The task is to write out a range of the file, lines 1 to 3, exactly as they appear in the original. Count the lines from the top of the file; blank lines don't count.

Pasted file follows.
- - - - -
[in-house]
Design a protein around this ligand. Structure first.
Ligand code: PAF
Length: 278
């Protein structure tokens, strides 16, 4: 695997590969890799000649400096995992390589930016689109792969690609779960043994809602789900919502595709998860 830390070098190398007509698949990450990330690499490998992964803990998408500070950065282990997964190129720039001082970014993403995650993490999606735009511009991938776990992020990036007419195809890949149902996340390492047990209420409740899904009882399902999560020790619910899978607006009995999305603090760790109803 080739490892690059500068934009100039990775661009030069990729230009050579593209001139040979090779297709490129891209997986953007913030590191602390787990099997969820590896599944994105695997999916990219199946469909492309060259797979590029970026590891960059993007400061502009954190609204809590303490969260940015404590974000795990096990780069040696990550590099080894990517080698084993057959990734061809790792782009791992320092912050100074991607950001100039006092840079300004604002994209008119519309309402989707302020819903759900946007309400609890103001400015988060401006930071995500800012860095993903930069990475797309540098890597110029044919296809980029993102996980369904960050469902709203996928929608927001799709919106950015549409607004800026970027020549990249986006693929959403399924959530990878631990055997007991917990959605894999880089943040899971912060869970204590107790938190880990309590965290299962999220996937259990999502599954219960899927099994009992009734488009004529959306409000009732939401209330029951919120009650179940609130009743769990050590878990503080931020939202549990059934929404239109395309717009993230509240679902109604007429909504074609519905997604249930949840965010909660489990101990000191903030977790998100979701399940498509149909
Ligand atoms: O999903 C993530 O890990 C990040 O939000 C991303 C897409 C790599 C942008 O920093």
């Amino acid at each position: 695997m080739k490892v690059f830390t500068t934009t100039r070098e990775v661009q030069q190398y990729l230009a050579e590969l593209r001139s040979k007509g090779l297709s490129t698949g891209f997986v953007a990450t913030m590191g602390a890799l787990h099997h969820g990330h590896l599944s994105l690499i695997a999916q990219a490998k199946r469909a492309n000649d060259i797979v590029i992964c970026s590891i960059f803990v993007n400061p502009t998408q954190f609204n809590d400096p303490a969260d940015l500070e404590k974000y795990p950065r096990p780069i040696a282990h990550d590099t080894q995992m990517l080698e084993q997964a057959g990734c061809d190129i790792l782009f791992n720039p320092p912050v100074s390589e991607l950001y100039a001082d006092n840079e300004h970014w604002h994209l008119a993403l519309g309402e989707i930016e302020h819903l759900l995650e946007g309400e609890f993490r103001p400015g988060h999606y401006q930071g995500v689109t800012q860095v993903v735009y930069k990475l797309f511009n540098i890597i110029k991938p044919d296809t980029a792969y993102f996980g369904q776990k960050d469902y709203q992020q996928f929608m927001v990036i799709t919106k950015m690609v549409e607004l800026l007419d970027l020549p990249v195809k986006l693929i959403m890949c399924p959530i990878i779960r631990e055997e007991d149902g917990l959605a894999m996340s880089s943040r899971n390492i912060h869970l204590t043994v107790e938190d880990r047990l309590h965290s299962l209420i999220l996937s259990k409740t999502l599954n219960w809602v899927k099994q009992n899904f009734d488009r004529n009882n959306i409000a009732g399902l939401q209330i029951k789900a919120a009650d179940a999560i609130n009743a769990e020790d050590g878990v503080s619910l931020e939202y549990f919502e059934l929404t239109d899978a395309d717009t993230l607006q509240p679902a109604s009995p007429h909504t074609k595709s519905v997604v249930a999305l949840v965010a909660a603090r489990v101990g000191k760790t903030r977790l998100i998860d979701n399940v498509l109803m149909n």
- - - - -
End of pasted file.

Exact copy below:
[in-house]
Design a protein around this ligand. Structure first.
Ligand code: PAF